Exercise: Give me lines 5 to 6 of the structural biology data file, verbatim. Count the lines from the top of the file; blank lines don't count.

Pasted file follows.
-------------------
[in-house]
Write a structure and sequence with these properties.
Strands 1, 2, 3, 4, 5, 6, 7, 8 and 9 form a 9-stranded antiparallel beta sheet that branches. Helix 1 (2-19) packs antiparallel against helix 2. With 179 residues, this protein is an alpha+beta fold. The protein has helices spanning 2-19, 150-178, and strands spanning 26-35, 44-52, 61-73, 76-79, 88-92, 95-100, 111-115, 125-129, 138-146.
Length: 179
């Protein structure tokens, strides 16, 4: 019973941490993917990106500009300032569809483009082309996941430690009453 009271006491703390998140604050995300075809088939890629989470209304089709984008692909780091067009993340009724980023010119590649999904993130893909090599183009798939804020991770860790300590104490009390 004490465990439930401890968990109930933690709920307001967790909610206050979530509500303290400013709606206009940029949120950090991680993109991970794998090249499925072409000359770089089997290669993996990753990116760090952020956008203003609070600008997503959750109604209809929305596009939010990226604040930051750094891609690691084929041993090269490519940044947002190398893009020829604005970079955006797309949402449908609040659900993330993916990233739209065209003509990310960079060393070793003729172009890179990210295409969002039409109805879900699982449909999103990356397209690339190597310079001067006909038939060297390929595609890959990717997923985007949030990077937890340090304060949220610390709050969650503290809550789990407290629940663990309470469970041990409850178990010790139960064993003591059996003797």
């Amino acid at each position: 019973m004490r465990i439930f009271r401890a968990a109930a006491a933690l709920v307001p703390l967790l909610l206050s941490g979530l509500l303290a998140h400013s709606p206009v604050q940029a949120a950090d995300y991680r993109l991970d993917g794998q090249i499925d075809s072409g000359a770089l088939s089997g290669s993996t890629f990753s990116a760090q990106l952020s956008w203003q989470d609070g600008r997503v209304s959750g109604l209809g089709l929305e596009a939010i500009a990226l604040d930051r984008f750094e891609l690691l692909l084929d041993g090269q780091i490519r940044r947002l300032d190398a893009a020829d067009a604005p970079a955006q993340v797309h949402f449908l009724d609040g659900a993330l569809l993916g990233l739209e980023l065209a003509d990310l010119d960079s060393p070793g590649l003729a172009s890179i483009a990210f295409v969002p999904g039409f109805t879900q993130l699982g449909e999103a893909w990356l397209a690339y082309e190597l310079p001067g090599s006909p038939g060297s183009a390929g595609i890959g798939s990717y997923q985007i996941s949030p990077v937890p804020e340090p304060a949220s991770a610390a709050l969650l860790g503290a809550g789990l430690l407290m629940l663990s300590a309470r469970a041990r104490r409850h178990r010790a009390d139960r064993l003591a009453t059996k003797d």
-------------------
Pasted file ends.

């Protein structure tokens, strides 16, 4: 019973941490993917990106500009300032569809483009082309996941430690009453 009271006491703390998140604050995300075809088939890629989470209304089709984008692909780091067009993340009724980023010119590649999904993130893909090599183009798939804020991770860790300590104490009390 004490465990439930401890968990109930933690709920307001967790909610206050979530509500303290400013709606206009940029949120950090991680993109991970794998090249499925072409000359770089089997290669993996990753990116760090952020956008203003609070600008997503959750109604209809929305596009939010990226604040930051750094891609690691084929041993090269490519940044947002190398893009020829604005970079955006797309949402449908609040659900993330993916990233739209065209003509990310960079060393070793003729172009890179990210295409969002039409109805879900699982449909999103990356397209690339190597310079001067006909038939060297390929595609890959990717997923985007949030990077937890340090304060949220610390709050969650503290809550789990407290629940663990309470469970041990409850178990010790139960064993003591059996003797």
């Amino acid at each position: 019973m004490r465990i439930f009271r401890a968990a109930a006491a933690l709920v307001p703390l967790l909610l206050s941490g979530l509500l303290a998140h400013s709606p206009v604050q940029a949120a950090d995300y991680r993109l991970d993917g794998q090249i499925d075809s072409g000359a770089l088939s089997g290669s993996t890629f990753s990116a760090q990106l952020s956008w203003q989470d609070g600008r997503v209304s959750g109604l209809g089709l929305e596009a939010i500009a990226l604040d930051r984008f750094e891609l690691l692909l084929d041993g090269q780091i490519r940044r947002l300032d190398a893009a020829d067009a604005p970079a955006q993340v797309h949402f449908l009724d609040g659900a993330l569809l993916g990233l739209e980023l065209a003509d990310l010119d960079s060393p070793g590649l003729a172009s890179i483009a990210f295409v969002p999904g039409f109805t879900q993130l699982g449909e999103a893909w990356l397209a690339y082309e190597l310079p001067g090599s006909p038939g060297s183009a390929g595609i890959g798939s990717y997923q985007i996941s949030p990077v937890p804020e340090p304060a949220s991770a610390a709050l969650l860790g503290a809550g789990l430690l407290m629940l663990s300590a309470r469970a041990r104490r409850h178990r010790a009390d139960r064993l003591a009453t059996k003797d």